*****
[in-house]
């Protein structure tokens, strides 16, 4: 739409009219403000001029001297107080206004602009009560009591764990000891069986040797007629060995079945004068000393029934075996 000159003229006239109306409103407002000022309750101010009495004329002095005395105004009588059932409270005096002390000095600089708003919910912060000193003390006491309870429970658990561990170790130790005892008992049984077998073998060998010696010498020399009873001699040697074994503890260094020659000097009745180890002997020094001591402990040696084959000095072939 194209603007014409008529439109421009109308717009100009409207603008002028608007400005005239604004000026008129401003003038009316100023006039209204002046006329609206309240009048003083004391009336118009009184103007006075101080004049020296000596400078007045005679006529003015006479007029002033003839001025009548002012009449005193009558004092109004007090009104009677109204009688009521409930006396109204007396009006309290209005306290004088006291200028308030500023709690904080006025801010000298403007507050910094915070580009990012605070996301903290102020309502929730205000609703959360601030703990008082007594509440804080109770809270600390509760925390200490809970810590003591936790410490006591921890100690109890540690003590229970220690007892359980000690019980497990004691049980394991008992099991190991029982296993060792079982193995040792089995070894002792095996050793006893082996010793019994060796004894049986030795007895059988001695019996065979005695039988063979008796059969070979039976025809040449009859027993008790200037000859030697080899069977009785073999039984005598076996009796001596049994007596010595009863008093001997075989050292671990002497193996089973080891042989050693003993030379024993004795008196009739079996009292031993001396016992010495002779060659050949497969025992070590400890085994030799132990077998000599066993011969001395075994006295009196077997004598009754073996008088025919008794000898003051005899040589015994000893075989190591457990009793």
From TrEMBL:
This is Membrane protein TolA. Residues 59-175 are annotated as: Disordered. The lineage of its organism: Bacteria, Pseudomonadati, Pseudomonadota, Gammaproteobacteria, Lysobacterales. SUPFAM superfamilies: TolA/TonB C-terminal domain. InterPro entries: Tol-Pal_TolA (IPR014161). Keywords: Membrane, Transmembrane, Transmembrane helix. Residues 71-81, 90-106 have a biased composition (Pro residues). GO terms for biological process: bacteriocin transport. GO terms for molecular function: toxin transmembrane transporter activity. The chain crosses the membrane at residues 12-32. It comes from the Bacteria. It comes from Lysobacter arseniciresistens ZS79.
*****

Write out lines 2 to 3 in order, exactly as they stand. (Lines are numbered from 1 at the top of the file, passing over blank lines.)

């Protein structure tokens, strides 16, 4: 739409009219403000001029001297107080206004602009009560009591764990000891069986040797007629060995079945004068000393029934075996 000159003229006239109306409103407002000022309750101010009495004329002095005395105004009588059932409270005096002390000095600089708003919910912060000193003390006491309870429970658990561990170790130790005892008992049984077998073998060998010696010498020399009873001699040697074994503890260094020659000097009745180890002997020094001591402990040696084959000095072939 194209603007014409008529439109421009109308717009100009409207603008002028608007400005005239604004000026008129401003003038009316100023006039209204002046006329609206309240009048003083004391009336118009009184103007006075101080004049020296000596400078007045005679006529003015006479007029002033003839001025009548002012009449005193009558004092109004007090009104009677109204009688009521409930006396109204007396009006309290209005306290004088006291200028308030500023709690904080006025801010000298403007507050910094915070580009990012605070996301903290102020309502929730205000609703959360601030703990008082007594509440804080109770809270600390509760925390200490809970810590003591936790410490006591921890100690109890540690003590229970220690007892359980000690019980497990004691049980394991008992099991190991029982296993060792079982193995040792089995070894002792095996050793006893082996010793019994060796004894049986030795007895059988001695019996065979005695039988063979008796059969070979039976025809040449009859027993008790200037000859030697080899069977009785073999039984005598076996009796001596049994007596010595009863008093001997075989050292671990002497193996089973080891042989050693003993030379024993004795008196009739079996009292031993001396016992010495002779060659050949497969025992070590400890085994030799132990077998000599066993011969001395075994006295009196077997004598009754073996008088025919008794000898003051005899040589015994000893075989190591457990009793």
From TrEMBL: